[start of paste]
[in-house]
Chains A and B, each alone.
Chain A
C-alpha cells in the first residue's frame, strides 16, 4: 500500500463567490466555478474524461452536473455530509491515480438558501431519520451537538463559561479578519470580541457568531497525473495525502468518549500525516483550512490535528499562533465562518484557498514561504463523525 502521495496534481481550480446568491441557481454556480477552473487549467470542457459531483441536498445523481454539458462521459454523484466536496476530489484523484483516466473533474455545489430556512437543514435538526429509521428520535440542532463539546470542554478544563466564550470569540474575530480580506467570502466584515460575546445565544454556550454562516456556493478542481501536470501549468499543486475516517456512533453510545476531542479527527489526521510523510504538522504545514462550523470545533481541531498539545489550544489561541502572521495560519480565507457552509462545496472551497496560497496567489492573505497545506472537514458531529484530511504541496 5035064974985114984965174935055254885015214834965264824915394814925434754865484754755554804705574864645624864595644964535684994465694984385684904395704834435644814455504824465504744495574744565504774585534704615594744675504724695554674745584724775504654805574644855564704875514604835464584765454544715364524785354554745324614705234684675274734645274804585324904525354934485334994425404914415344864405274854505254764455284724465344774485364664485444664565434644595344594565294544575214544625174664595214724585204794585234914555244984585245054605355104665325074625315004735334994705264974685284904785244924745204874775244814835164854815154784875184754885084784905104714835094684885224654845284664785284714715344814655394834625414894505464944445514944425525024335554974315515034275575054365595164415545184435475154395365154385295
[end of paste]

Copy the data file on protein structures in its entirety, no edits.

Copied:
[in-house]
Chains A and B, each alone.
Chain A
C-alpha cells in the first residue's frame, strides 16, 4: 500500500463567490466555478474524461452536473455530509491515480438558501431519520451537538463559561479578519470580541457568531497525473495525502468518549500525516483550512490535528499562533465562518484557498514561504463523525 502521495496534481481550480446568491441557481454556480477552473487549467470542457459531483441536498445523481454539458462521459454523484466536496476530489484523484483516466473533474455545489430556512437543514435538526429509521428520535440542532463539546470542554478544563466564550470569540474575530480580506467570502466584515460575546445565544454556550454562516456556493478542481501536470501549468499543486475516517456512533453510545476531542479527527489526521510523510504538522504545514462550523470545533481541531498539545489550544489561541502572521495560519480565507457552509462545496472551497496560497496567489492573505497545506472537514458531529484530511504541496 5035064974985114984965174935055254885015214834965264824915394814925434754865484754755554804705574864645624864595644964535684994465694984385684904395704834435644814455504824465504744495574744565504774585534704615594744675504724695554674745584724775504654805574644855564704875514604835464584765454544715364524785354554745324614705234684675274734645274804585324904525354934485334994425404914415344864405274854505254764455284724465344774485364664485444664565434644595344594565294544575214544625174664595214724585204794585234914555244984585245054605355104665325074625315004735334994705264974685284904785244924745204874775244814835164854815154784875184754885084784905104714835094684885224654845284664785284714715344814655394834625414894505464944445514944425525024335554974315515034275575054365595164415545184435475154395365154385295